Wales and the Women's Institute
Senior web producer, BBC Wales
The Women's Institute (WI) is the largest women's volunteer organisation in the UK. The movement originated in Canada in 1897, but crossed the Atlantic in the early 20th century. You may, however, be unaware that the British organisation began in 1915 on Anglesey, north Wales.
The WI in Canada was founded by farmers Janet and Erland Lee, inspired by a speech by Adelaide Hoodless at a Farmer's Institute meeting at Stoney Creek, Ontario. The fledgling movement brought together women from diverse, often isolated communities, and helped them learn skills such as home economics, childcare and farming.
The WI in Britain was originally intended to revitalise rural communities and to encourage women to become involved in growing and preserving food during World War One. It began after the Agricultural Organisation Society's secretary, John Nugent Harris, appointed a Canadian, Madge Watt, to establish Women's Institutes across the UK.
The first WI meeting took place on 16 September 1915 in Llanfairpwllgwyngyllgogerychwyrndrobwllllantysiliogogogoch, the Anglesey village perhaps best known for having the longest place name in Europe. By the end of the following year there were 40 WIs across the UK.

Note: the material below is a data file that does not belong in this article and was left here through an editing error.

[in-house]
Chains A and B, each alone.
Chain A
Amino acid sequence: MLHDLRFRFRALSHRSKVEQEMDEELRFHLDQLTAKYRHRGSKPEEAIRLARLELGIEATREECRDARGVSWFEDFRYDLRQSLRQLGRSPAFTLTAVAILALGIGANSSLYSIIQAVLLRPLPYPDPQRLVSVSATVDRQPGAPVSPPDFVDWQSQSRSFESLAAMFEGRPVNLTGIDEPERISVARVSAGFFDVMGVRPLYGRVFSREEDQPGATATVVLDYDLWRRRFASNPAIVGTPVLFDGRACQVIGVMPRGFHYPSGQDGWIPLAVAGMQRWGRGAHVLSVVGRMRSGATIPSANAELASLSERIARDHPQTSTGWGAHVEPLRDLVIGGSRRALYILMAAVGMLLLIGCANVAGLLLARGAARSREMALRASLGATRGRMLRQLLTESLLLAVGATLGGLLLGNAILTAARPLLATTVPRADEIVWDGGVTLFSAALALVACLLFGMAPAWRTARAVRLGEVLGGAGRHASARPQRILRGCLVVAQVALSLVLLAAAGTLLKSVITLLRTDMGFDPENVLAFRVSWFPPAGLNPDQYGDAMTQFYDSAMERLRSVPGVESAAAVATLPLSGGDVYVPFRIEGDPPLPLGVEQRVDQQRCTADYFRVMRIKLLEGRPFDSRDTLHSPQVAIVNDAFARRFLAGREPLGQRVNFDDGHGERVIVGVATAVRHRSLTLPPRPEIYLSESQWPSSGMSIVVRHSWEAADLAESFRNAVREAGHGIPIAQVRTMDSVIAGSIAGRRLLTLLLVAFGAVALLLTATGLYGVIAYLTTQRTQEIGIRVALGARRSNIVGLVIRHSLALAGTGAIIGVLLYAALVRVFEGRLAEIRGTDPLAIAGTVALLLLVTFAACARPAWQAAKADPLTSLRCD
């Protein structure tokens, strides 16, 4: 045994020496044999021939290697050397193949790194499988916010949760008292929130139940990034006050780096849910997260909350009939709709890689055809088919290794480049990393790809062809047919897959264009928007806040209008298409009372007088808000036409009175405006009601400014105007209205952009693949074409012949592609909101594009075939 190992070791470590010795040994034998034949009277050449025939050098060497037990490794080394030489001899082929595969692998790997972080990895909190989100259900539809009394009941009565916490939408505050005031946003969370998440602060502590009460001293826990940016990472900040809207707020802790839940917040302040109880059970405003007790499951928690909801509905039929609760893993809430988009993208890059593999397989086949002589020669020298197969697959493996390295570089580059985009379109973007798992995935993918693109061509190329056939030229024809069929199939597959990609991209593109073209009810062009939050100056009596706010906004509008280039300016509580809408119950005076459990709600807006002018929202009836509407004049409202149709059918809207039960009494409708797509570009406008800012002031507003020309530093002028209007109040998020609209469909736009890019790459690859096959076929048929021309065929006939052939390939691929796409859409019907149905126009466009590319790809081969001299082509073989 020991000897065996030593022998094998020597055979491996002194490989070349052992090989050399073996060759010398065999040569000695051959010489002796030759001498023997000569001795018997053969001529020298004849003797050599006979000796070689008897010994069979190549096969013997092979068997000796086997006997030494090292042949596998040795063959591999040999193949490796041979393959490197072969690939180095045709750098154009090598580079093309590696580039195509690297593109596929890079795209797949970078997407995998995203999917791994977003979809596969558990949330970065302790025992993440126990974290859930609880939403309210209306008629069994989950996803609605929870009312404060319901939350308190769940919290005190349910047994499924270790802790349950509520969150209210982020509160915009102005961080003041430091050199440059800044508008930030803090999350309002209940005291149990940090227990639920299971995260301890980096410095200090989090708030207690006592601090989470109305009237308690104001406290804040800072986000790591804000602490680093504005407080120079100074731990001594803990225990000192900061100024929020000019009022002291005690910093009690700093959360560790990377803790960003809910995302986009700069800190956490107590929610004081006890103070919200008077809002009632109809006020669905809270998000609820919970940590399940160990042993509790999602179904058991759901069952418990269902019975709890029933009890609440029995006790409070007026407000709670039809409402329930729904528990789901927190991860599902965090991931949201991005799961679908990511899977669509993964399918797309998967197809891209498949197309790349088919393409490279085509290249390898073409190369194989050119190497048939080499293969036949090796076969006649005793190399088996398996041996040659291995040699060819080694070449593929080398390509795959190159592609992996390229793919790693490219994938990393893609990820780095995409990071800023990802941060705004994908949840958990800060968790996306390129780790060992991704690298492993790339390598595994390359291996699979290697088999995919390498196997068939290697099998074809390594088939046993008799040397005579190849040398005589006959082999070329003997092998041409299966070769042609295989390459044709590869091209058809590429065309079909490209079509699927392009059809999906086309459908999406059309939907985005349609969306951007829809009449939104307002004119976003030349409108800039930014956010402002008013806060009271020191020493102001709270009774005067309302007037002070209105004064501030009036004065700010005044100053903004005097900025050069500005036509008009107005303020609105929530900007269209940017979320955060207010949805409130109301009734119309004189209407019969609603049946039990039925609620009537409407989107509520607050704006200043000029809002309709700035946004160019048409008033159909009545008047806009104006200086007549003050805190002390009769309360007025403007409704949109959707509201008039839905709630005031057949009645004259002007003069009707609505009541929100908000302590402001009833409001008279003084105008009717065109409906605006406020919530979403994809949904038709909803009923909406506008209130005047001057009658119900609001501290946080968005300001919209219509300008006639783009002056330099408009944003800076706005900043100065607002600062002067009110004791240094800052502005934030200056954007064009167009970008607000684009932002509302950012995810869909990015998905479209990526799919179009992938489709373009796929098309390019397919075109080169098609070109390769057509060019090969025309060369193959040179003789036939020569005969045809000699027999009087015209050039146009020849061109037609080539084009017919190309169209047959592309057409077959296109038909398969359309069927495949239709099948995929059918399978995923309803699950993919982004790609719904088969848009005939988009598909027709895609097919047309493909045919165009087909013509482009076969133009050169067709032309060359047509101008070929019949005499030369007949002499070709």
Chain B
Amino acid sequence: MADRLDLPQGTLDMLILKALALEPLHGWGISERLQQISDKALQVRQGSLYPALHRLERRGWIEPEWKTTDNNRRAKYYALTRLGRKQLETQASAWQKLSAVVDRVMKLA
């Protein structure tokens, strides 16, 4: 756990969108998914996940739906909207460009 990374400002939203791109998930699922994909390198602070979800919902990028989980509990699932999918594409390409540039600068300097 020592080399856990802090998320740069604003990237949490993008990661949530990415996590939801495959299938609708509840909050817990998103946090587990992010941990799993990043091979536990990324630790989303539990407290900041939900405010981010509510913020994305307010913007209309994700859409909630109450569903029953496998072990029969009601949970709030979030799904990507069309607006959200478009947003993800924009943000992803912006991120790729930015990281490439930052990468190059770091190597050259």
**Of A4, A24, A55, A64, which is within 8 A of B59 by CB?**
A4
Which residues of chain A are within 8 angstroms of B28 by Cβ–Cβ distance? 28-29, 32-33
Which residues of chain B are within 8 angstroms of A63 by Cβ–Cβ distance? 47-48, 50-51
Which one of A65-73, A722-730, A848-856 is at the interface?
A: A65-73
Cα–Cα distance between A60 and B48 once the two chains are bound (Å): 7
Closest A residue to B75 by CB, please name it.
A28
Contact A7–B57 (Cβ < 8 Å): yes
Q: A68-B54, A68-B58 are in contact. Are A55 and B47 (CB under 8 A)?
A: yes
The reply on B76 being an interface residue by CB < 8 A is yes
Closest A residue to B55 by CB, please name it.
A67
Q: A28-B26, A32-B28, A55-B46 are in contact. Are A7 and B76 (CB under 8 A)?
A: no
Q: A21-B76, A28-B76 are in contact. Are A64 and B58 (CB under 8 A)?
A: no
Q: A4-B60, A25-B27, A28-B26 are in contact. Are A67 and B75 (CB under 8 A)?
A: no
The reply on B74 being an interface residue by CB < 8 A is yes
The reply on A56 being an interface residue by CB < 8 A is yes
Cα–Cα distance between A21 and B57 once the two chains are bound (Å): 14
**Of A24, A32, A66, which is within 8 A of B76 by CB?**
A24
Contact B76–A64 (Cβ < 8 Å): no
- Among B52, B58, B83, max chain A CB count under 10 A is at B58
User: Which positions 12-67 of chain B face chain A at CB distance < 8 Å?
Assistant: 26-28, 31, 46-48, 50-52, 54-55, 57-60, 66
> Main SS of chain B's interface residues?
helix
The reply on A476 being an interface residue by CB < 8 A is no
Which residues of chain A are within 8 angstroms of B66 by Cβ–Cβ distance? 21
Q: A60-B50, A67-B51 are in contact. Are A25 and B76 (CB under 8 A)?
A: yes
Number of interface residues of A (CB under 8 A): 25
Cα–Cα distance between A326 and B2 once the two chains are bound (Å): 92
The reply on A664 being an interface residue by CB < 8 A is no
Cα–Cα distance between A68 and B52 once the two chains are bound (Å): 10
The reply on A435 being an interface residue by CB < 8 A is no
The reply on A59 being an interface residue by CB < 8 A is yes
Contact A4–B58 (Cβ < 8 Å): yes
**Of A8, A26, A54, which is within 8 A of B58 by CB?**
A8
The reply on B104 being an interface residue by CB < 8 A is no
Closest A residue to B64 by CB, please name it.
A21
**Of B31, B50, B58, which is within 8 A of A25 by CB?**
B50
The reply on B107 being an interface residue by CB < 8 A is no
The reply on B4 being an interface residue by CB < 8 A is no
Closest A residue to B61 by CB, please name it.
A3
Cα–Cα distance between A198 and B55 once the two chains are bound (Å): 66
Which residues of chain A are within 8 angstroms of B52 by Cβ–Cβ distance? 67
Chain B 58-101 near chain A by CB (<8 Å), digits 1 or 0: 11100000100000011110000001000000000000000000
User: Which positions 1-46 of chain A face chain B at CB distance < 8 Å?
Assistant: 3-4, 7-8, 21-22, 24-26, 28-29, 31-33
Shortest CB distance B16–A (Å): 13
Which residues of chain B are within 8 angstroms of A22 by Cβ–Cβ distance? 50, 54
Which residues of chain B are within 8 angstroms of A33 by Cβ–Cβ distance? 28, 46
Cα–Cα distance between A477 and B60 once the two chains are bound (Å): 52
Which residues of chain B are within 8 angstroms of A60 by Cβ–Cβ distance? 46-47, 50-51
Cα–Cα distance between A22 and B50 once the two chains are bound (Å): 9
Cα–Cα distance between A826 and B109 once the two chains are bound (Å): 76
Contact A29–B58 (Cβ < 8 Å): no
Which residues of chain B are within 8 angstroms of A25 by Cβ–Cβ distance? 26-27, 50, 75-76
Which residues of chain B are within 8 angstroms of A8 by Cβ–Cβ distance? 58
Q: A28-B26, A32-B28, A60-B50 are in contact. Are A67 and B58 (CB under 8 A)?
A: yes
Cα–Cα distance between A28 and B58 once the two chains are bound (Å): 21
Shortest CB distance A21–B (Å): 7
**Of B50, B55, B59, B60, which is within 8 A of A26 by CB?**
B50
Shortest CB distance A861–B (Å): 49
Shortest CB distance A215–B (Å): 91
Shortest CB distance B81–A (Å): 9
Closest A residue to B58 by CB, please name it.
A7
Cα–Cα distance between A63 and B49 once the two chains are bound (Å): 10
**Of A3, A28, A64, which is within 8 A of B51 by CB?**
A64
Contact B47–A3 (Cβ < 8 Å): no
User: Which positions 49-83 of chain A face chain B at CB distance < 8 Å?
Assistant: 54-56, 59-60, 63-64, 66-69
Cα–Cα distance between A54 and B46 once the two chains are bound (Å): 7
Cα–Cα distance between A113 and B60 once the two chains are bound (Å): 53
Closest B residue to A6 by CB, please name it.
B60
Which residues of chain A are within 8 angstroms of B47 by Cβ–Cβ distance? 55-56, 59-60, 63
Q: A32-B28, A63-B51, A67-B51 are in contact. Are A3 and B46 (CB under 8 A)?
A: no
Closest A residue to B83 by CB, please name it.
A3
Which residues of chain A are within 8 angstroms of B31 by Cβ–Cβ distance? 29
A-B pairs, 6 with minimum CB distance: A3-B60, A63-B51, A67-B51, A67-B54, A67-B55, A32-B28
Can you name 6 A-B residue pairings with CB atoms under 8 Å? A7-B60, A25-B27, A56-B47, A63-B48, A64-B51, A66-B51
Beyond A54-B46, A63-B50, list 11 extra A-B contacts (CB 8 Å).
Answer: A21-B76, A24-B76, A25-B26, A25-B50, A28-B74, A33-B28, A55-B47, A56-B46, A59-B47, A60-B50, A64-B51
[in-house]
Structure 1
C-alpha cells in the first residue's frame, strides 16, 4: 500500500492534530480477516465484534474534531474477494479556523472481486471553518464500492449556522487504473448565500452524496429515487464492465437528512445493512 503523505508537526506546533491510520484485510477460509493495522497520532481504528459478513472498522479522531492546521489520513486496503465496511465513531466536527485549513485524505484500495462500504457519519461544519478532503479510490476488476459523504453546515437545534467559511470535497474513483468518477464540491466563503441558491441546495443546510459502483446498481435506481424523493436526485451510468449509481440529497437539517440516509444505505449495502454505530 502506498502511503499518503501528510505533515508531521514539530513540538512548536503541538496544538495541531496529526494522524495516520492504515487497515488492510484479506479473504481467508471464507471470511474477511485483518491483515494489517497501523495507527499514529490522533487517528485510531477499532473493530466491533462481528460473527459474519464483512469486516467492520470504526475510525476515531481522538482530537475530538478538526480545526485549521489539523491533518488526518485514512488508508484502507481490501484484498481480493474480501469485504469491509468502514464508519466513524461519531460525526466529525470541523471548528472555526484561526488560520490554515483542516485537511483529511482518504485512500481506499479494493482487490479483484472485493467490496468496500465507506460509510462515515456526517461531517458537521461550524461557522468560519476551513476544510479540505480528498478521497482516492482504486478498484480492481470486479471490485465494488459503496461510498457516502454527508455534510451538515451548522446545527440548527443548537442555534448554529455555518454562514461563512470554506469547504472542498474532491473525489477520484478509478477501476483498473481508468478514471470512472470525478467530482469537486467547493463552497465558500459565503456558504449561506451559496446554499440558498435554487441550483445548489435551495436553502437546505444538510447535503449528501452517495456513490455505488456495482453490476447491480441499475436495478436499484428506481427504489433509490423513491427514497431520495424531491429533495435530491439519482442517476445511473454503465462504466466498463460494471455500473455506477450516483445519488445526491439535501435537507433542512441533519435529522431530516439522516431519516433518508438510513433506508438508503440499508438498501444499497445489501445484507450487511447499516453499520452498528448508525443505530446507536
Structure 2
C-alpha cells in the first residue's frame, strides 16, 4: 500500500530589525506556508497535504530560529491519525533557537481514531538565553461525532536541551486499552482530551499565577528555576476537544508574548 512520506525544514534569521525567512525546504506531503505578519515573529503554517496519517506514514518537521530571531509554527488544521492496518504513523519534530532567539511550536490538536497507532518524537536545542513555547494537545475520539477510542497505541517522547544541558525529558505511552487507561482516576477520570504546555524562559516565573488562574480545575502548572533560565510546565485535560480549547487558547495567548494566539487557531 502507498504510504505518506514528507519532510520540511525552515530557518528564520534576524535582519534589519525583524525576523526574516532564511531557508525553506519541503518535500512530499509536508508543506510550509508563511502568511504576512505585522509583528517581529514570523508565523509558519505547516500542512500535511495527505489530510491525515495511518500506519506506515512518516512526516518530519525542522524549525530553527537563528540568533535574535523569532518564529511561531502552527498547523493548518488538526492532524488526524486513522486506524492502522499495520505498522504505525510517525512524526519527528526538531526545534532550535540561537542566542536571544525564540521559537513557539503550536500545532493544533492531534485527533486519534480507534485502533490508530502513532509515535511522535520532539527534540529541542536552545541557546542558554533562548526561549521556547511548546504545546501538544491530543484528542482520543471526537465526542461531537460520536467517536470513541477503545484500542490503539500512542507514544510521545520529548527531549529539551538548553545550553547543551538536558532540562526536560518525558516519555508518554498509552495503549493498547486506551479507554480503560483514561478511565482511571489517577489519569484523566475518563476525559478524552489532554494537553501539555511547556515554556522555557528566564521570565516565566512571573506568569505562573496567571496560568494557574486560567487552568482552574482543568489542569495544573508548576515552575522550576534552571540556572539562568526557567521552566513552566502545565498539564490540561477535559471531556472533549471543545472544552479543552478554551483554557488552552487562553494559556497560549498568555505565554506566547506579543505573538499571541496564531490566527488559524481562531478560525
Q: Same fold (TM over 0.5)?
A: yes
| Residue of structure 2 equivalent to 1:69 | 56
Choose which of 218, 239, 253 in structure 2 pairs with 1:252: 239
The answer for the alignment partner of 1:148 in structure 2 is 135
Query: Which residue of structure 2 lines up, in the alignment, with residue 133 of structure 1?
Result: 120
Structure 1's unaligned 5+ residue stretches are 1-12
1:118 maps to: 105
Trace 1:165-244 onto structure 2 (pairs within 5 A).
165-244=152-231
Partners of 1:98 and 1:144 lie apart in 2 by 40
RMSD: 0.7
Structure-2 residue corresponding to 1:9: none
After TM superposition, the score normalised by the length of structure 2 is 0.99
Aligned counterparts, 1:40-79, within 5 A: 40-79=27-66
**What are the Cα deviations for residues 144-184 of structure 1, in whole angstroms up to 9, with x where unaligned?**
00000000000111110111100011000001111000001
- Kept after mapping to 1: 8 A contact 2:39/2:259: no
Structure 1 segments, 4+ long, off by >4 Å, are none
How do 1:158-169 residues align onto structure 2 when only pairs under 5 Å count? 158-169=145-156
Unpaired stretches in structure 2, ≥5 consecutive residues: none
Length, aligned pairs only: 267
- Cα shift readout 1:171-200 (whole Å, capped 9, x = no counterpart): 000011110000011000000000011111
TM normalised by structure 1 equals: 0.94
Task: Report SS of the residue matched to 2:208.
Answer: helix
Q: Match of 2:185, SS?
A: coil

The first Women's Institute meeting, Llanfair PG, 1915
Since those early days the WI has grown to become the largest women's voluntary organisation in the UK. There are now over 200,000 members in more than 6,500 WIs, offering women the chance to learn new skills, take part in a range of activities and campaign on issues important to them and their communities.
The headquarters of the WI are in London, but a Cardiff office, WFWI-Wales, opened in 1980. Today, there are 13 Women's Institute federations across Wales, and nearly 600 individual institutes from Aberaeron to Ystradowen, including the original one in Llanfair PG.